Drone & Satellite Imagery Collection & Analysis

Advanced analytical techniques go beyond inter-band math, and may classify data into predefined fuzzy or map-like categories using machine learning techniques, compare imagery taken at different times to detect change, compar imagery taken at different angles to estimate elevation, or combine multiple source datasets to exploit the best qualities of each.

Elevation and Surface

Elevation and Surface models are constructed by calculating the offset in radar or image-based data acquired from different angles.

Change Detection

Analysis of imagery from different time periods to detect and understand changes. Examples include urban growth, deforestation, ice melting, and landslide detection.

Feature Extraction

Analysis of imagery to extract and identify buildings, roads, land covers, water extents, forests, etc. Once extracted, these items can be sorted, counted, and analyzed.


Spectral bands can be combined mathematically to emphasize characteristics such as:


Synthesizing data from multiple spectral bands, through ratio or coefficient-based transformations, can produce indices used to compare every point in an image on the same scale. The Normalized Difference Vegetation Index (NDVI) and Enhanced Vegetation Index (EVI), for example, measure vegetation health and distinguish between types of plants, while others measure burn severity, mineral presence, water turbidity, mud, snow, and more. Responsive image


A simple form of satellite or drone image interpretation involves assigning invisible light bands to Red, Green, and Blue channels to create a false color image, in order to highlight hidden characteristics related to those bands. False color images can distinguish muddy water from muddy land, pinpoint fires, or clearly show the extent of a growing city. Responsive image

A scalable and cost-effective
approach to emphasize:
vegetation, water, urbanized
areas, forest fires, and more.


The satellite systems we use to capture, analyze, and distribute data about the Earth are improving every day, creating bold new opportunities for impact in how we manage our crops, protect our forests, plan our infrastructure, and more. From capturing imagery and developing processing pipelines to developing data products thar are easily viewable across any screen, we help intepret your issue from the sky.

Responsive image


High resolution commercial imagery is available up to .3m resolution, with revisit times varying quite a bit. Some sensors are tasked, or pointed to collect specific areas rather than always just collecting the area directly below. As a result, some areas may not be covered at all by tasked satellites. While there is still a premium for the highest resolution imagery (0.50m), medium to low resolution is suitable for many applications, and increasingly affordable or available at no cost.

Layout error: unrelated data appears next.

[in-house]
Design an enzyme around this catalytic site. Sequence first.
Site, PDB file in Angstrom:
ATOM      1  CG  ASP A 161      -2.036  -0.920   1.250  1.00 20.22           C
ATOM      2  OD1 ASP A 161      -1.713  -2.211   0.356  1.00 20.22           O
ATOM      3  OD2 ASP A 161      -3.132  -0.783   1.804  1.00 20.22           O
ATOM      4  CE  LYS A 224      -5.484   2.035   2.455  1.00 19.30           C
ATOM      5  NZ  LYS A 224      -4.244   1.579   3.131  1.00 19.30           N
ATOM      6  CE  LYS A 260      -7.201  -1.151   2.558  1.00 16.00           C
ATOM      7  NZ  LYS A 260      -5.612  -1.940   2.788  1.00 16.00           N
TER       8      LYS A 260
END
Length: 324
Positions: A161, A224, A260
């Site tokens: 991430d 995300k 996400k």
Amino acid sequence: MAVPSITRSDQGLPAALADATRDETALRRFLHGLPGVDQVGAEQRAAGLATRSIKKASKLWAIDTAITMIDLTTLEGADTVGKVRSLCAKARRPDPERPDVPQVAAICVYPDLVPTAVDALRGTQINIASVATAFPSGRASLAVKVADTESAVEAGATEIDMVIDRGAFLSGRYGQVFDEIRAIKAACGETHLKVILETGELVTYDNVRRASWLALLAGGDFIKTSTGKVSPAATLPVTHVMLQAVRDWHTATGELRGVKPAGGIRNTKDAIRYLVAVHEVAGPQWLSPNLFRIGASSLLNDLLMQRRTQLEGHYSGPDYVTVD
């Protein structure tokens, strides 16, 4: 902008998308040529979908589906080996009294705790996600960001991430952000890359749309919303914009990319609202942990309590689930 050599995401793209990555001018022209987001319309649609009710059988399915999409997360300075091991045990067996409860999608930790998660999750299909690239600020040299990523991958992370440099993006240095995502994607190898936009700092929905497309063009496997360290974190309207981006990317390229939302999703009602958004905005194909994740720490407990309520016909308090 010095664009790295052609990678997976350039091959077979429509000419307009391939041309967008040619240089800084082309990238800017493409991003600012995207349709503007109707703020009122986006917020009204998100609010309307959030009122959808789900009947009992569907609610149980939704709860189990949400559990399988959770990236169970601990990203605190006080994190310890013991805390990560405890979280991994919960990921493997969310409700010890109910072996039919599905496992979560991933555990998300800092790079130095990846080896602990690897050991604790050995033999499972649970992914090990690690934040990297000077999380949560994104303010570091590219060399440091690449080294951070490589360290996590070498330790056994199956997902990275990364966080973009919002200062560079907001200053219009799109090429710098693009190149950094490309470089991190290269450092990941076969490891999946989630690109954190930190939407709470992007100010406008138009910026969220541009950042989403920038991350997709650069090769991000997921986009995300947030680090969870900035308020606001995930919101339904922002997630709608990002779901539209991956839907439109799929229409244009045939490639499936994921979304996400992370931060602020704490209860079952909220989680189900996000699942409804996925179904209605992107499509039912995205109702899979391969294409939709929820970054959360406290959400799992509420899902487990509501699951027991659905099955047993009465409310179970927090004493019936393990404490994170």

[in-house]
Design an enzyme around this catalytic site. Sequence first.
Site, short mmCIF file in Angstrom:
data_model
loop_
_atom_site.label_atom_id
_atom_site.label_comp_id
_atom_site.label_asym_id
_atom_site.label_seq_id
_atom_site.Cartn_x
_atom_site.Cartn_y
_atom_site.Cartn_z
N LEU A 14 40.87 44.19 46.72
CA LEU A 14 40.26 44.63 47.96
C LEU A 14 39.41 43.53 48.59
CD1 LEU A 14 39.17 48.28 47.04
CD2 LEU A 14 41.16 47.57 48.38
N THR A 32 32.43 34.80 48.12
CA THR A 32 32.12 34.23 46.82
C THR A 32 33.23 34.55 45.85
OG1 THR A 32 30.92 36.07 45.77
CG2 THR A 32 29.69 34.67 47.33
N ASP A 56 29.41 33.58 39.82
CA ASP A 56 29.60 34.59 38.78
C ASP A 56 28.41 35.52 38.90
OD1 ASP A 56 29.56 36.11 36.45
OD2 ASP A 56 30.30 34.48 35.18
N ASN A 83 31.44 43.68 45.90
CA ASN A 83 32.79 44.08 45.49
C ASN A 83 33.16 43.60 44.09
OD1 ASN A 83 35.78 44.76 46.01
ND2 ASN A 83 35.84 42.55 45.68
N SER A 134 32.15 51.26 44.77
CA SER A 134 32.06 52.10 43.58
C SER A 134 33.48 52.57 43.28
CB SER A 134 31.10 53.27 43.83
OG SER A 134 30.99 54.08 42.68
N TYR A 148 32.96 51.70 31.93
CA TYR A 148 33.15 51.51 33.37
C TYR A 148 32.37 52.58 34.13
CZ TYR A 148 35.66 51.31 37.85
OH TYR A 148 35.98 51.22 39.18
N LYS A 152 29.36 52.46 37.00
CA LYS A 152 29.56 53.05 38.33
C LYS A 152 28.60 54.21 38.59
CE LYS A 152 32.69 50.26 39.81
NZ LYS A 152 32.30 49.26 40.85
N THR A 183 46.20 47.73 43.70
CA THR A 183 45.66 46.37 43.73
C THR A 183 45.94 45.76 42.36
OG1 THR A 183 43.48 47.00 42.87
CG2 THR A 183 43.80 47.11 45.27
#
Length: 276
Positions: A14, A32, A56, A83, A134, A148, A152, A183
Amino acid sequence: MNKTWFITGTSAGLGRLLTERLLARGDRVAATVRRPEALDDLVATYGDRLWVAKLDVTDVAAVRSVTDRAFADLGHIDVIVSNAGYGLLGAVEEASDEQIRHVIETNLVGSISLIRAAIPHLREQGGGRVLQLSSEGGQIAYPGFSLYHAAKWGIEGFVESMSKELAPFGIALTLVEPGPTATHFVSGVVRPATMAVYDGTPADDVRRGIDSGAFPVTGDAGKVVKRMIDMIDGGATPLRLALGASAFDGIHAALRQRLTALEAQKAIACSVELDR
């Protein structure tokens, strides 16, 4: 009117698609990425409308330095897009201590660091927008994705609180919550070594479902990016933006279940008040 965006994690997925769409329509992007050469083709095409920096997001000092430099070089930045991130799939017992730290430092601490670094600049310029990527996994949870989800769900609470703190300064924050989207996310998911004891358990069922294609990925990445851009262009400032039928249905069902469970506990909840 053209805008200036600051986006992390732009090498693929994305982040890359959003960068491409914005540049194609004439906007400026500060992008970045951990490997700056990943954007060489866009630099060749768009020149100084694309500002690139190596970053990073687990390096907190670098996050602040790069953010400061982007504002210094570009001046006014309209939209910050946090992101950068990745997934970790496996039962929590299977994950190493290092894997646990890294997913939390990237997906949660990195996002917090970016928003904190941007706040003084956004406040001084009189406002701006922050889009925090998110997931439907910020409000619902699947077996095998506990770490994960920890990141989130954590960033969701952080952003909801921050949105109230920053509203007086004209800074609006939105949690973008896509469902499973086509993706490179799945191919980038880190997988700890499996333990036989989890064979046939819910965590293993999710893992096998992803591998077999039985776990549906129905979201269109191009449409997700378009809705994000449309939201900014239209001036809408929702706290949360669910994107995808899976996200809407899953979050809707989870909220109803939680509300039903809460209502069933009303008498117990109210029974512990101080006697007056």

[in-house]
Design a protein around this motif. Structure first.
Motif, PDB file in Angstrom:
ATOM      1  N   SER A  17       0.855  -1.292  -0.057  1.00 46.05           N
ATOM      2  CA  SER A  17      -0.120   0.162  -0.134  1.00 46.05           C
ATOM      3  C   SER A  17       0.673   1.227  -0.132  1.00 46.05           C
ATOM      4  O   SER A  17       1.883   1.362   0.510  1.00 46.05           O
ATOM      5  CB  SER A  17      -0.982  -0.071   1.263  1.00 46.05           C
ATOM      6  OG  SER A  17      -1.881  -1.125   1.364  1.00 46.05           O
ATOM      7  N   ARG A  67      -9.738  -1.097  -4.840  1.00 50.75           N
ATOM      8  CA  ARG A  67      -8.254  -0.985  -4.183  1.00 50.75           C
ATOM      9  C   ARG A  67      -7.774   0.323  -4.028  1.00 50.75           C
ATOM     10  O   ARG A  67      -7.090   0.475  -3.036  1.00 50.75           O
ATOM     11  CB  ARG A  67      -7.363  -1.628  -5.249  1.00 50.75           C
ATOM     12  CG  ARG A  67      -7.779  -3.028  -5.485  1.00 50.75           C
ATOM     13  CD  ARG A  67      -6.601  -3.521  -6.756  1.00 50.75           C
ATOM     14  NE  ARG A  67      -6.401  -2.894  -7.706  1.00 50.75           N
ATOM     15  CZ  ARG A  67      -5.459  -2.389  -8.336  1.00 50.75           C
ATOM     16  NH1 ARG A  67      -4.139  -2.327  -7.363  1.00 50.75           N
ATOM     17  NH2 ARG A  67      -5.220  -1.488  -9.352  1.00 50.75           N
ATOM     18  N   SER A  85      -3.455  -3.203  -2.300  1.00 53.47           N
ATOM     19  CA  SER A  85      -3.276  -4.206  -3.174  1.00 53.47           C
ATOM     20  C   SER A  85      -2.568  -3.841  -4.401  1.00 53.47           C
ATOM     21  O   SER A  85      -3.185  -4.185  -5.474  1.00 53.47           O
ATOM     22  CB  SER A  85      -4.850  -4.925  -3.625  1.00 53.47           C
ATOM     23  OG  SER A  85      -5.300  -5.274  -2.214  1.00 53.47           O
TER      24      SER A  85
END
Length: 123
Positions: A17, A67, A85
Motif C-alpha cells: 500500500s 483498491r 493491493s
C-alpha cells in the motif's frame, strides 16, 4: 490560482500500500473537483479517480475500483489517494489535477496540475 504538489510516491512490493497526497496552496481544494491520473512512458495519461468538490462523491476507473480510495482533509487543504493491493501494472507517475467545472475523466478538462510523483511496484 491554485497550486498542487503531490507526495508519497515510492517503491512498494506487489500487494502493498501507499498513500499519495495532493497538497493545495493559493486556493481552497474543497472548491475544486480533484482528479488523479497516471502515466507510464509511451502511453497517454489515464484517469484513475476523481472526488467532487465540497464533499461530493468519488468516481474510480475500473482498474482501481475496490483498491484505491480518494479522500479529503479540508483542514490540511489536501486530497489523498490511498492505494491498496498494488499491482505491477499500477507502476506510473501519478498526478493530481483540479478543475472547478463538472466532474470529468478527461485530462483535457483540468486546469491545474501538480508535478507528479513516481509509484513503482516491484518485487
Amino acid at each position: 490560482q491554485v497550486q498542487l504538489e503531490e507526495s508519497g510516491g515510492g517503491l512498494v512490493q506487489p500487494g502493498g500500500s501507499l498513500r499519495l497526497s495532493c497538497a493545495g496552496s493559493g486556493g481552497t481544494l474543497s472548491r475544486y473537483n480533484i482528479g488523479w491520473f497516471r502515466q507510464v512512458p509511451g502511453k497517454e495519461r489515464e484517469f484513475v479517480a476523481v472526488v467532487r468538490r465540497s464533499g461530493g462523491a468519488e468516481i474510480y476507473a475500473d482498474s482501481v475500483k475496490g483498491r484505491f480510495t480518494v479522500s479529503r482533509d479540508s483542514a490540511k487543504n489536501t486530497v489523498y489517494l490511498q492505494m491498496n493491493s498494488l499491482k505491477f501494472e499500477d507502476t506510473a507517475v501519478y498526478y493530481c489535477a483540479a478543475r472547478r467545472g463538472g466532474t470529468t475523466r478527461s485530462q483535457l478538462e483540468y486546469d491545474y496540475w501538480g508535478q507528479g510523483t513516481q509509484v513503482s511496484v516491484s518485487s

Radiometric correction to correct for uneven sensor response over the whole image

Geometric correction to correct for geometric distortion due to Earth's rotation

Transformation to conform to a specific map projection system

Enhancement techniques such as grey level stretching to improve the contrast and spatial filtering for enhancing the edges

A typical serviced satellite image (bought or downloaded) includes several processing steps. From the raw image (Level 0), data are calibrated into units of physical reflectance (called Level 1 processing), and the image is geolocated and ortho-rectified following an elevation model of the terrain or Ground Control Points (GCP) of a certain Accuracy, under a geodetic reference frame (e.g. Mercator). Over large areas, several captures may need to be stitched together. T his product is usually referred as Level 2 or similar.

In many cases, the end user will only see the final image, either in a report or as an interactive map on the web, such as the maps in this report.


Satellites capture light in wavelengths that are outside the range of human vision, such as infrared or ultraviolet light, that can help to understand the surface characteristics of the reflecting substances. Different objects reflect these light frequencies in different ways, and common satellite analysis techniques combine human-visible and invisible images (called “spectral bands”) to characterize their subjects.

Taken together, the spectral response of each band creates a unique signature, known as a spectral curve, that can help communicate information about conditions within a single type of land cover. This includes calculating indices such as NDVI to assess vegetation or false coloring to isolate urbanized areas.


Enterprise grade services from Digital Globe, GeoEye, Planet offer faster access to new imagery, archival images and derived data products. Publicly available sources from LandSat and Sentinel also offer archival images, but in raw format, requiring image processing using tools such as GDAL and ImageMagick.

Conventional models of identifying, buying and delivering imagery are giving way to new cloud-based selection and delivery

models. Users can search through archival content from multiple suppliers to find the best suited imagery, buy the imagery through an enterprise subscription, and have it delivered online. As the value of raw pixels declines, there is greater innovation and competition to provide data products derived from imagery. At Vizonomy, we work with various partners to ensure that all our projects use the most optimal image possible, taking into account its cost, resolution, and timestamp.

Learn more about Vizonomy.

And who we work with...